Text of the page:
Exclusive: Law Society scraps external adjudication for freedom of information disputes

Law Society: no requirement to respond to FoI requests

The Law Society has scrapped external freedom of information (FoI) adjudications in favour of reviews by an “independent member of staff” based at Chancery Lane, it has emerged.

The society is not a public body subject to the Freedom of Information Act, but its previous code aimed to ensure that the society and the Solicitors Regulation Authority (SRA) responded to FoI requests as if they were covered by the Act, which meant having an independent reviewer akin to the Information Commissioner.

FoI adjudications by the society’s external adjudicator, Adam Sowerbutts, were posted on the society’s website and sometimes contained criticisms of both the society and the SRA.

In its new FoI code, adopted last month, the society said that anyone unhappy with its response to a request could have their concerns reviewed by a “more senior and independent member of staff” at Chancery Lane.

The code states: “By independent, we mean someone who has not been previously involved in your request.

“This person may need to contact you to confirm the nature of your concern. Once they have done so, they will contact you within 20 working days and let you know what will happen.

“The decision of the independent reviewer is final and there is no further avenue for appeal. It is also important for you to note that as this is a voluntary code, the Information Commissioner is unable to consider your complaint.”

Mr Sowerbutts, the society’s former FoI adjudicator, is a solicitor and, according to the society’s Find a Solicitor website, an employee at the Information Commissioner’s Office in Cheshire.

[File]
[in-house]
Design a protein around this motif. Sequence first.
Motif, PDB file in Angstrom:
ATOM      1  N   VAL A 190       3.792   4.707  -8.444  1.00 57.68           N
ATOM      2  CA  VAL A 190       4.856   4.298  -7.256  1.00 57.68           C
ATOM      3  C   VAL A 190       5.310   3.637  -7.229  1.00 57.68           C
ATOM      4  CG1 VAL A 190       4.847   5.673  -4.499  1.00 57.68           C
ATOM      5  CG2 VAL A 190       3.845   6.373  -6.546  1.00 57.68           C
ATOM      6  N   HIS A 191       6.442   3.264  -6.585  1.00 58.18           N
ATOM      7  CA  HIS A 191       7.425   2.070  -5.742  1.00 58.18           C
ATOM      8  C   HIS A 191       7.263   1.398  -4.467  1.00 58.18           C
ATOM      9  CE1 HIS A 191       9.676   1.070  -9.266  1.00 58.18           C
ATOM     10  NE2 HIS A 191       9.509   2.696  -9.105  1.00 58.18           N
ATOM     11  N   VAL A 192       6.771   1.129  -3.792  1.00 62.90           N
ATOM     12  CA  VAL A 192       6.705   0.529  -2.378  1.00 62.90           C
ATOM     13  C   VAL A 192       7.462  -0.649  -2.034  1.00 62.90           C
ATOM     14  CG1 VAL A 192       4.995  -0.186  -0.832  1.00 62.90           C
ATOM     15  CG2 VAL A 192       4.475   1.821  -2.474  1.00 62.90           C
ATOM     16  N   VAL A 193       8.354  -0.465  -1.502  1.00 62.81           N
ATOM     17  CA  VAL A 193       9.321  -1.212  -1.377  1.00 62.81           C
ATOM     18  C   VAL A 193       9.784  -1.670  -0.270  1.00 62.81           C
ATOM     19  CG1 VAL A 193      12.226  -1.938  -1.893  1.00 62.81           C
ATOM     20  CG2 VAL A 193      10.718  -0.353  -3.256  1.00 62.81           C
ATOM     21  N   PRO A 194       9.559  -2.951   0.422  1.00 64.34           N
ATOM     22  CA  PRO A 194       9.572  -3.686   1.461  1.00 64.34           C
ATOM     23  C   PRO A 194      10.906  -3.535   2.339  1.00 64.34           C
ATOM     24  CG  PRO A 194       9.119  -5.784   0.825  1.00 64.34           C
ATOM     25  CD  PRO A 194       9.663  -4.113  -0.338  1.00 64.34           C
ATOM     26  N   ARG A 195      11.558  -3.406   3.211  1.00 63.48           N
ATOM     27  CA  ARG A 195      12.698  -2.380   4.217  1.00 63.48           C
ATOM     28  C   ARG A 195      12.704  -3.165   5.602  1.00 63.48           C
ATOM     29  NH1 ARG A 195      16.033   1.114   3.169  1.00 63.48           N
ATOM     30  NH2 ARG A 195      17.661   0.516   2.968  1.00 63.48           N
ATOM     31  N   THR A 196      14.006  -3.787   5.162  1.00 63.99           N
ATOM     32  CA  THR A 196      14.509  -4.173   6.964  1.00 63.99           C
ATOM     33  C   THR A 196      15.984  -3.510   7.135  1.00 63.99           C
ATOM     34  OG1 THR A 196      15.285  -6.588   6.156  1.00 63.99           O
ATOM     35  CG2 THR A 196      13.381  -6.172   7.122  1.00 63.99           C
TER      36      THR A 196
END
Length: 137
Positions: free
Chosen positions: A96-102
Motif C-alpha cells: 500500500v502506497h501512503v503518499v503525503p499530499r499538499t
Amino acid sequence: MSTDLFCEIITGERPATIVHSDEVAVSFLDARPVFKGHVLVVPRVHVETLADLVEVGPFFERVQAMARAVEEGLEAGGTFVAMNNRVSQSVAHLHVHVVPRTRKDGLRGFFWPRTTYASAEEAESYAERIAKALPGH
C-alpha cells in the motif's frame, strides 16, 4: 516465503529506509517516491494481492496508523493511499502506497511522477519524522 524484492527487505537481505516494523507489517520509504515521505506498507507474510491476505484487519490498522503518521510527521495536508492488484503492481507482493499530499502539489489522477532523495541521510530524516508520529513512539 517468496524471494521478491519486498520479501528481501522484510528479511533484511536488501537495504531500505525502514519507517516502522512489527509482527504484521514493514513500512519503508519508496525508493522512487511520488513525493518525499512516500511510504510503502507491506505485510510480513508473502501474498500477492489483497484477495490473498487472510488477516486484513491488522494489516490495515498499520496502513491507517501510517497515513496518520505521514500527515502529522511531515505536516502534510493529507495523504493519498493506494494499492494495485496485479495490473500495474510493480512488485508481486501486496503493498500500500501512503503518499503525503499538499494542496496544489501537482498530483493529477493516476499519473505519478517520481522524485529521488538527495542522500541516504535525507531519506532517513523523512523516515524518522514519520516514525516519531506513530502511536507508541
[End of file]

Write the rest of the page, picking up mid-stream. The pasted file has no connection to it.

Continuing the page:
HIs two-year contract with Law Society, seen by Legal Futures, came to an end last month. Mr Sowerbutts was paid £1,000 per referral where no more than 7.5 hours were required for him to make a determination, and a further £100 per hour if the case was complex and needed more time.

A Law Society spokesman said: “On 24 March, the Law Society of England and Wales launched its new information code of practice. The previous version had been in place since 2005 and predated the creation of the SRA.

“Our new code no longer covers regulatory issues as they are now part of the remit of the SRA which has developed its own code.

“There is no requirement for the Law Society to respond to FoI requests as it is not a designated public authority under the Freedom of Information Act. However, we believe in being open and accountable.”

The SRA, which has been handling its own FoI requests since the beginning of 2016, introduced its separate FoI code in January this year.

Under the code, those unhappy with their decisions can ask the SRA’s information compliance team for a review, which the SRA aims to carry out within 20 days.

People unhappy with their reviews can make a further complaint to the SRA’s complaints team, and if they are still unhappy can take their complaint to the organisation’s independent reviewer, the Ombudsman Service, based in Warrington.

A spokesman for the SRA said the regulator wanted to introduce a “better and more effective” way of dealing with FoI requests, and said reviews would examine whether the proper procedures had been followed rather than the decision itself.

Like the Law Society, the SRA is not a public body for the purposes of the Freedom of Information Act.

    Readers Comments

  • Anonymous says:

    These are backwards steps, especially as regards the SRA (although the adjudication process was very unsatisfactory). The SRA ought to be brought under the FOI Act as it performs public functions.

  • Anon says:

    The abolition of adjudications is not consistent with the regulatory objectives. There is now no way of challenging a refusal to disclose information. This should be of serious concern to the profession and the public.

    If the SRA bars the public and press from its board meeting and then scraps FOI adjudications, how is anyone to hold it to account?

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